Supreme Court pans the government of Andhra. About plan to hold grade 12 exams

The Persistence of the government of Andhra Pradesh To get its grade 12 students to brave the pandemic to take exams, the Supreme Court took a hard line on Thursday, saying the state will be held accountable and even forced to do so in the event of death 1 crore to be paid as compensation.

A bench of judges AM Khanwilkar and Dinesh Maheshwari asked the Andhra Pradesh government what it was trying to prove by risking lives when other states across the country chose to cancel their state exams.

“Do you want to prove that you are different? Nobody should try to prove anything here … It’s about life, ”Judge Maheshwari turned to the lawyer Mahfooz A. Nazki for Andhra Pradesh.

“Unless we are convinced that you can conduct examinations without death, we will not allow that examination. If other boards have canceled their exams, you want to prove you can … are you trying to do that? ”Judge Khanwilkar asked.

Judge Khanwilkar said: “The state will be responsible for every death … Remember that there are states that pay 1 billion pay to front-line workers, we need to think a little about this in your case”.

The court grilled the state over the ambiguity of its eight-page affidavit about why and how the exams should be conducted by the end of July amid the pandemic.

“Didn’t you see that there is a new variant of the virus called ‘Delta Plus’ … The center has said that some states – Kerala, Maharashtra and Madhya Pradesh – are more susceptible to this variant … We don’t know how to do it plan… We cannot and you cannot say what will happen by the end of July, ”said Judge Khanwilkar, emphasizing the uncertainty that was capitalized in Andhra’s examination plans.

The court asked the state to explain the statement in its affidavit that each exam room can only accommodate 15 to 18 students.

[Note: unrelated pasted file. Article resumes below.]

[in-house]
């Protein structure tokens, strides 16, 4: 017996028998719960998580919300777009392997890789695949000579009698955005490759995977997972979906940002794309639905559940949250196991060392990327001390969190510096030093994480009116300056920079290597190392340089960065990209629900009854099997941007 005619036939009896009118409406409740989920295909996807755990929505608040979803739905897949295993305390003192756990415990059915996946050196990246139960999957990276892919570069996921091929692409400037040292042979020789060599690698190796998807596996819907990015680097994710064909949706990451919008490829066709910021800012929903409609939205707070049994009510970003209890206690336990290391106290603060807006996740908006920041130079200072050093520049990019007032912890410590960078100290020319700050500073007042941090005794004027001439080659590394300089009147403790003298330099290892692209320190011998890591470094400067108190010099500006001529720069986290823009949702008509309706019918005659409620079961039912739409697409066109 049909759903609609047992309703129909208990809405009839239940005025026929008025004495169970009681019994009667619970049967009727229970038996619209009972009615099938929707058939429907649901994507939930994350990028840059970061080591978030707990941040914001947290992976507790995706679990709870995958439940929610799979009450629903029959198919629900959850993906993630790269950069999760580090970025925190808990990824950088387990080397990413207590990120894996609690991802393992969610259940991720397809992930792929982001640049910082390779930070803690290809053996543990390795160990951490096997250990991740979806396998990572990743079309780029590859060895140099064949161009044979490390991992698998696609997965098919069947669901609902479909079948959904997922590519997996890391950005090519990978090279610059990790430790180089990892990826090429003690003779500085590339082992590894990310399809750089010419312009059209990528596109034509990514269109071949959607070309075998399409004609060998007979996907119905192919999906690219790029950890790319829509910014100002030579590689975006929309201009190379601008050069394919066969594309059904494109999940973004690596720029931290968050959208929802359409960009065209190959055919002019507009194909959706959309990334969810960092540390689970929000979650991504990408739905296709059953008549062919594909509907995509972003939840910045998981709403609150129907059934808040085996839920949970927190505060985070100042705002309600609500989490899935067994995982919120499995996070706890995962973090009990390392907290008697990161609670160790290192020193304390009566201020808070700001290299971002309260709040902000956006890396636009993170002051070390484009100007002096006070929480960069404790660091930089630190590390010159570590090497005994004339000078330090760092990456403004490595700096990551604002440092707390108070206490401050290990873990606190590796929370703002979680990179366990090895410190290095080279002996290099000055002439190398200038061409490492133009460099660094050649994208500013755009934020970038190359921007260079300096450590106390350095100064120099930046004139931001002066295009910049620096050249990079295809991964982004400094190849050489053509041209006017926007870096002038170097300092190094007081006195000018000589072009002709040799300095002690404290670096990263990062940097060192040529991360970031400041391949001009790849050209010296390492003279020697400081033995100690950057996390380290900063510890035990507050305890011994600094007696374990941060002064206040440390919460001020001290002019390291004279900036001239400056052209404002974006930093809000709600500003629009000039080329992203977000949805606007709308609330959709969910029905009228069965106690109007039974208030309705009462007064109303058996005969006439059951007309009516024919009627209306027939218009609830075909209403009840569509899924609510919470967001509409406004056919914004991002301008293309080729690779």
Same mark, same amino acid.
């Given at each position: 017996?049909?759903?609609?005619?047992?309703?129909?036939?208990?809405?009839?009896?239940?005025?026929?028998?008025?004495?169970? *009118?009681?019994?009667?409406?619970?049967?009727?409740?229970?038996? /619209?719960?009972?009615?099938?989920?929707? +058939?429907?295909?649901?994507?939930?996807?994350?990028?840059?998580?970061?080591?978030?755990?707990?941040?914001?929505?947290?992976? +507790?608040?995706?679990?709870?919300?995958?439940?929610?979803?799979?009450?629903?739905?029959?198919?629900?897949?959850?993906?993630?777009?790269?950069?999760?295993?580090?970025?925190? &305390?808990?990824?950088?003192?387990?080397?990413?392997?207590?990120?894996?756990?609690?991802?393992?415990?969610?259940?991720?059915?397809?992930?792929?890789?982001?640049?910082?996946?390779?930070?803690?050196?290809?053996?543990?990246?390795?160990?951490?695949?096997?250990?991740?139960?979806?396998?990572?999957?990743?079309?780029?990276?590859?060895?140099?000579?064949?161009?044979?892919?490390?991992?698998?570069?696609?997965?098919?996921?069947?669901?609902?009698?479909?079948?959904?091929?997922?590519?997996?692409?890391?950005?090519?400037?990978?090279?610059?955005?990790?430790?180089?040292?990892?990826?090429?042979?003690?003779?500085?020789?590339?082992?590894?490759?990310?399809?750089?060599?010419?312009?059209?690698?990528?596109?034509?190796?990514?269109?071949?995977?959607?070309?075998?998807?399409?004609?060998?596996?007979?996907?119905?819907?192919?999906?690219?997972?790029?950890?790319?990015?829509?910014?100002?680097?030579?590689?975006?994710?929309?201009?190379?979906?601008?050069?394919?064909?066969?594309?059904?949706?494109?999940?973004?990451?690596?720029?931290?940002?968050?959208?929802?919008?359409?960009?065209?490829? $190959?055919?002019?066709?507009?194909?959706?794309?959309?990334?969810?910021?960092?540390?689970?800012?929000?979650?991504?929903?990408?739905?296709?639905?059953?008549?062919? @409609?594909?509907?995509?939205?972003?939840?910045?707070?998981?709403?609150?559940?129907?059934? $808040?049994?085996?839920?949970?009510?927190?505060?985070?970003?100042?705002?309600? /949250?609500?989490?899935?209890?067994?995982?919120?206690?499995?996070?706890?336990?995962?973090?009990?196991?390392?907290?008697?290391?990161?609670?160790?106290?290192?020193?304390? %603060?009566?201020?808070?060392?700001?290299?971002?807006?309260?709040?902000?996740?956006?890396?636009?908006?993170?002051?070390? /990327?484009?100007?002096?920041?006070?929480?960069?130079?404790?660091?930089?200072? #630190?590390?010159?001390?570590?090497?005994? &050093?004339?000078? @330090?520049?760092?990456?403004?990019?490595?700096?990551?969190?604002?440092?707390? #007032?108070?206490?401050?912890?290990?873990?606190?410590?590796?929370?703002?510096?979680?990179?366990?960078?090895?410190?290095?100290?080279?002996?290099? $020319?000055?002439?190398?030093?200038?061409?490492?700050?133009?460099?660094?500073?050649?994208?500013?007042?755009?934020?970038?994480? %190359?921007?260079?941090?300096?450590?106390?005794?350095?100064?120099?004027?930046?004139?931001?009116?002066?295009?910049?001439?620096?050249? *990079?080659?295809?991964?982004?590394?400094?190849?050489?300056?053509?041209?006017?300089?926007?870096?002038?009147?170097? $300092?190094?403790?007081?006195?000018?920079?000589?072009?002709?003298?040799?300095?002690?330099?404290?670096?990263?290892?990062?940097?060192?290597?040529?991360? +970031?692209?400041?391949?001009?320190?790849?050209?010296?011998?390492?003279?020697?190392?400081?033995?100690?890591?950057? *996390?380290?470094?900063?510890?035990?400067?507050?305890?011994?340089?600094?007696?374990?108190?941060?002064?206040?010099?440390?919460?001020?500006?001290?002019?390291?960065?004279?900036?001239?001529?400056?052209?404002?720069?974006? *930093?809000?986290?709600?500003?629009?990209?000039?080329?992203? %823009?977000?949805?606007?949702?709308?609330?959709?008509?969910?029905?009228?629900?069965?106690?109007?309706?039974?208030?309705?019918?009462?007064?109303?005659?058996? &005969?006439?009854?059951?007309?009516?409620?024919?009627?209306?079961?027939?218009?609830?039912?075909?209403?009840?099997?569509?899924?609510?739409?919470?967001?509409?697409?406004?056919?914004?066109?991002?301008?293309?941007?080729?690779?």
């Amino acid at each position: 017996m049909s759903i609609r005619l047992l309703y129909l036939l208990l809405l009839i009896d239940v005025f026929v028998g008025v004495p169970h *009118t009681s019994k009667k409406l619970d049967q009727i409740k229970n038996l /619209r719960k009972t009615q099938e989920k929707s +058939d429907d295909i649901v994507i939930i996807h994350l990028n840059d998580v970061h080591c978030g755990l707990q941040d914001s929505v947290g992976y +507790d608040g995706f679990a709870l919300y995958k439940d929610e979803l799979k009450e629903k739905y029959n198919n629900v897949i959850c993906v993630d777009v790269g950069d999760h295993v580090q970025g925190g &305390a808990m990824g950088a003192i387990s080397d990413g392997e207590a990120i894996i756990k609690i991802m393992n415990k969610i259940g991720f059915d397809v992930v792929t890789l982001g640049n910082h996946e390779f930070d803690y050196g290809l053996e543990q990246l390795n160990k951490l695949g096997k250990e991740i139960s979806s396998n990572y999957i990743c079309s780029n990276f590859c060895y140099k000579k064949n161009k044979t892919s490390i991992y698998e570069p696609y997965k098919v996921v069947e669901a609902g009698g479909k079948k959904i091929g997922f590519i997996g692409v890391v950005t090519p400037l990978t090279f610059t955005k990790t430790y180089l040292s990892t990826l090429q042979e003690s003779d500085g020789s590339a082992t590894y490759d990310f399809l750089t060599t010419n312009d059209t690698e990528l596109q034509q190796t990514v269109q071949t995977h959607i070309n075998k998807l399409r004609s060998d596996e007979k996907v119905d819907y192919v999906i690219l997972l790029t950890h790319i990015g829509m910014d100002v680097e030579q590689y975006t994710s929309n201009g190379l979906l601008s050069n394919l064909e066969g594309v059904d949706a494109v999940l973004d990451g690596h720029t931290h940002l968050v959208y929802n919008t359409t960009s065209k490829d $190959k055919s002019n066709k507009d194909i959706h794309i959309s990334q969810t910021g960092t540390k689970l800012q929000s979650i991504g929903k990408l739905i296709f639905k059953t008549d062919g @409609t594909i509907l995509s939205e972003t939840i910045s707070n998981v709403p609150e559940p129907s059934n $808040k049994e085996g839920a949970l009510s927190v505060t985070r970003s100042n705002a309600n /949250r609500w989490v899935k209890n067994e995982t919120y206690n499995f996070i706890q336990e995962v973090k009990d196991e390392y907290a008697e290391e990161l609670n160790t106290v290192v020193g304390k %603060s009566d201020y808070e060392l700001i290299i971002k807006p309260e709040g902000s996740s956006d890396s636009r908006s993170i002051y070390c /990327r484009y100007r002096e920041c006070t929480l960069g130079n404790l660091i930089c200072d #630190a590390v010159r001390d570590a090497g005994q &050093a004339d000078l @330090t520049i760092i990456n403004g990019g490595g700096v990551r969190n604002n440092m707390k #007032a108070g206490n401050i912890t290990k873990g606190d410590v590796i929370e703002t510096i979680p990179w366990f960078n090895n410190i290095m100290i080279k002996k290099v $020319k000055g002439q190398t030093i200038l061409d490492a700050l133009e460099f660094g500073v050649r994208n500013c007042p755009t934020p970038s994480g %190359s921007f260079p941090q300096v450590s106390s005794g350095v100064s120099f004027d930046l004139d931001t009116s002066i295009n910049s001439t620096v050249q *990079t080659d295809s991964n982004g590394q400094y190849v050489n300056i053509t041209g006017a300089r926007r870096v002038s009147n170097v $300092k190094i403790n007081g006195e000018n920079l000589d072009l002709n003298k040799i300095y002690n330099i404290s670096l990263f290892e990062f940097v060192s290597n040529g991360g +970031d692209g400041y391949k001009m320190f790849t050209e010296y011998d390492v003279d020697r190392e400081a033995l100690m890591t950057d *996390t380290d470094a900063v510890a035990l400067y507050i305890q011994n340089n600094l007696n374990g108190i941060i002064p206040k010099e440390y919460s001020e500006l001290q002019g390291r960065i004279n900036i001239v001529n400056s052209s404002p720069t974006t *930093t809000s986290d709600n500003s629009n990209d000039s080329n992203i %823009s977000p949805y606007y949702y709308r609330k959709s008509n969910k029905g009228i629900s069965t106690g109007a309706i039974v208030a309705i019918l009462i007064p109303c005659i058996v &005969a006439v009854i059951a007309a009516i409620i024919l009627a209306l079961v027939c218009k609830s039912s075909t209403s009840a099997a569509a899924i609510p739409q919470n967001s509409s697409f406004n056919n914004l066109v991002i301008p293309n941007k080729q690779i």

“They say you have 5.19 lakh students taking Grade 12 exams. Simple math shows that if you occupy 15 students per class and 28,864 rooms for 18 students per room, you will need 34,634 rooms. Do you have the space or are you planning to take exams outdoors? Show us a screenshot of your record of the decision … Again, the rooms should be well ventilated. You will also need over 34,000 supervisors … You made statements in the affidavit without showing us how you came to this decision or how you intend to implement it, ”Judge Khanwilkar told the state government.

“Other bodies have made a conscious decision not to conduct the exams … But your affidavit says, ‘You will endeavor to conduct the exams on an experimental basis,'” said Judge Maheshwari on the side of Andhra.

The court asked if the state had an “emergency plan” in case the COVID situation worsened in the middle of the trials.

“You should have a specific, concrete plan and give the court a firm commitment that you will follow the full COVID protocol. We are not very convinced of your plans … This is a sensitive issue in relation to the lives of students and others, ”said Judge Maheshwari.

Judge Khanwilkar asked when the state would announce the results if it did not intend to conduct exams until late July.

“Students in CBSE, ICSE and other bodies would be admitted, your students would be excluded,” said Judge Khanwilkar.

Mr. Nazki said he would take instructions on the issues identified by the court. The Bench has scheduled a hearing on June 25th at 2pm

In its affidavit, filed on June 23, the Andhra Pradesh government said it had to hold exams because there was no other “reliable alternative” to assess student performance.

It had said that unlike the CBSE and other committees, the Andhra system gives grades in grade 10 and does not give grades. The state board had no foolproof way to review internal exams at various schools.

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